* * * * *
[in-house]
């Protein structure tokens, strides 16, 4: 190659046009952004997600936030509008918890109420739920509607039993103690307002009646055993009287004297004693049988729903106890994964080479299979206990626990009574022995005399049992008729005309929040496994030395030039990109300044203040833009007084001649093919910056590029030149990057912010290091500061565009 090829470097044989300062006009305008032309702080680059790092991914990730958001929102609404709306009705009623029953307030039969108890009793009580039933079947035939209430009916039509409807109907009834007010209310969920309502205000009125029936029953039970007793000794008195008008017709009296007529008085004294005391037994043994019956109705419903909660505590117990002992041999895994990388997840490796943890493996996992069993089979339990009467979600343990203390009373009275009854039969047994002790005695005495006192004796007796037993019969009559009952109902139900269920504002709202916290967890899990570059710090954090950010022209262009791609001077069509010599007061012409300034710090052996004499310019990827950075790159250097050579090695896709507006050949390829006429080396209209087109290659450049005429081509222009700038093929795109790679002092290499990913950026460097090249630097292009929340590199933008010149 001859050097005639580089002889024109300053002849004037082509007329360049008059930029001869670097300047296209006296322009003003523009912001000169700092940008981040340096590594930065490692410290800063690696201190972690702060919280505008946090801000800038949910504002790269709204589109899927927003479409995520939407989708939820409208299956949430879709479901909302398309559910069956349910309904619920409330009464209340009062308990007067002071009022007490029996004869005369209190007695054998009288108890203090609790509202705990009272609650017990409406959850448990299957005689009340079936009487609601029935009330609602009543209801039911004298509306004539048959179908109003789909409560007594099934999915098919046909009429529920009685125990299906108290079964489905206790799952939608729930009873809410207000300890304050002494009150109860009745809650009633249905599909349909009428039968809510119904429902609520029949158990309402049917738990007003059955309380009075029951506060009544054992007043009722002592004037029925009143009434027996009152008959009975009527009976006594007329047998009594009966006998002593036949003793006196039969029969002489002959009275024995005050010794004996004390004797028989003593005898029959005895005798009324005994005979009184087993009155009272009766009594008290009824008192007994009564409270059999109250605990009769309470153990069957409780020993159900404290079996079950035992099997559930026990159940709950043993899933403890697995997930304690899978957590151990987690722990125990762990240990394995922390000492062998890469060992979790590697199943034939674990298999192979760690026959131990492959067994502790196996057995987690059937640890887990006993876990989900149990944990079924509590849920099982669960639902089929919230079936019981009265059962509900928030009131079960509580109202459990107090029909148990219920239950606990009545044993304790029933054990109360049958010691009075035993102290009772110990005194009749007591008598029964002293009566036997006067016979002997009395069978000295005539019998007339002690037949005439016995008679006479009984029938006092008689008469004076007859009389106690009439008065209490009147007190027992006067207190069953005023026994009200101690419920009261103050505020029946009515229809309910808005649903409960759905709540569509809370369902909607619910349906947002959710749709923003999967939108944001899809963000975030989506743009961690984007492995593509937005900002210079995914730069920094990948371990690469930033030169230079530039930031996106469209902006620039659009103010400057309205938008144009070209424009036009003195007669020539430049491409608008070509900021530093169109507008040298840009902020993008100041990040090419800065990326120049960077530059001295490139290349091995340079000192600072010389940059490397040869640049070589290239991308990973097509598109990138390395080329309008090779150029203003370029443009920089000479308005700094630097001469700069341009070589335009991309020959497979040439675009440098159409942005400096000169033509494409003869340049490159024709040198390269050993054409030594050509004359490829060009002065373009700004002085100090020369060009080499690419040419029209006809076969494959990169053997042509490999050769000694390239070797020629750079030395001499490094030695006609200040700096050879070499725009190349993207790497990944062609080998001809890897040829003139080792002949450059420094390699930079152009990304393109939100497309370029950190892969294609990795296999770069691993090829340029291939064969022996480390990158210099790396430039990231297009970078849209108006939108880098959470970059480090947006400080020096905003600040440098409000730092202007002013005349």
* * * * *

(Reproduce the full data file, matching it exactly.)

[in-house]
């Protein structure tokens, strides 16, 4: 190659046009952004997600936030509008918890109420739920509607039993103690307002009646055993009287004297004693049988729903106890994964080479299979206990626990009574022995005399049992008729005309929040496994030395030039990109300044203040833009007084001649093919910056590029030149990057912010290091500061565009 090829470097044989300062006009305008032309702080680059790092991914990730958001929102609404709306009705009623029953307030039969108890009793009580039933079947035939209430009916039509409807109907009834007010209310969920309502205000009125029936029953039970007793000794008195008008017709009296007529008085004294005391037994043994019956109705419903909660505590117990002992041999895994990388997840490796943890493996996992069993089979339990009467979600343990203390009373009275009854039969047994002790005695005495006192004796007796037993019969009559009952109902139900269920504002709202916290967890899990570059710090954090950010022209262009791609001077069509010599007061012409300034710090052996004499310019990827950075790159250097050579090695896709507006050949390829006429080396209209087109290659450049005429081509222009700038093929795109790679002092290499990913950026460097090249630097292009929340590199933008010149 001859050097005639580089002889024109300053002849004037082509007329360049008059930029001869670097300047296209006296322009003003523009912001000169700092940008981040340096590594930065490692410290800063690696201190972690702060919280505008946090801000800038949910504002790269709204589109899927927003479409995520939407989708939820409208299956949430879709479901909302398309559910069956349910309904619920409330009464209340009062308990007067002071009022007490029996004869005369209190007695054998009288108890203090609790509202705990009272609650017990409406959850448990299957005689009340079936009487609601029935009330609602009543209801039911004298509306004539048959179908109003789909409560007594099934999915098919046909009429529920009685125990299906108290079964489905206790799952939608729930009873809410207000300890304050002494009150109860009745809650009633249905599909349909009428039968809510119904429902609520029949158990309402049917738990007003059955309380009075029951506060009544054992007043009722002592004037029925009143009434027996009152008959009975009527009976006594007329047998009594009966006998002593036949003793006196039969029969002489002959009275024995005050010794004996004390004797028989003593005898029959005895005798009324005994005979009184087993009155009272009766009594008290009824008192007994009564409270059999109250605990009769309470153990069957409780020993159900404290079996079950035992099997559930026990159940709950043993899933403890697995997930304690899978957590151990987690722990125990762990240990394995922390000492062998890469060992979790590697199943034939674990298999192979760690026959131990492959067994502790196996057995987690059937640890887990006993876990989900149990944990079924509590849920099982669960639902089929919230079936019981009265059962509900928030009131079960509580109202459990107090029909148990219920239950606990009545044993304790029933054990109360049958010691009075035993102290009772110990005194009749007591008598029964002293009566036997006067016979002997009395069978000295005539019998007339002690037949005439016995008679006479009984029938006092008689008469004076007859009389106690009439008065209490009147007190027992006067207190069953005023026994009200101690419920009261103050505020029946009515229809309910808005649903409960759905709540569509809370369902909607619910349906947002959710749709923003999967939108944001899809963000975030989506743009961690984007492995593509937005900002210079995914730069920094990948371990690469930033030169230079530039930031996106469209902006620039659009103010400057309205938008144009070209424009036009003195007669020539430049491409608008070509900021530093169109507008040298840009902020993008100041990040090419800065990326120049960077530059001295490139290349091995340079000192600072010389940059490397040869640049070589290239991308990973097509598109990138390395080329309008090779150029203003370029443009920089000479308005700094630097001469700069341009070589335009991309020959497979040439675009440098159409942005400096000169033509494409003869340049490159024709040198390269050993054409030594050509004359490829060009002065373009700004002085100090020369060009080499690419040419029209006809076969494959990169053997042509490999050769000694390239070797020629750079030395001499490094030695006609200040700096050879070499725009190349993207790497990944062609080998001809890897040829003139080792002949450059420094390699930079152009990304393109939100497309370029950190892969294609990795296999770069691993090829340029291939064969022996480390990158210099790396430039990231297009970078849209108006939108880098959470970059480090947006400080020096905003600040440098409000730092202007002013005349």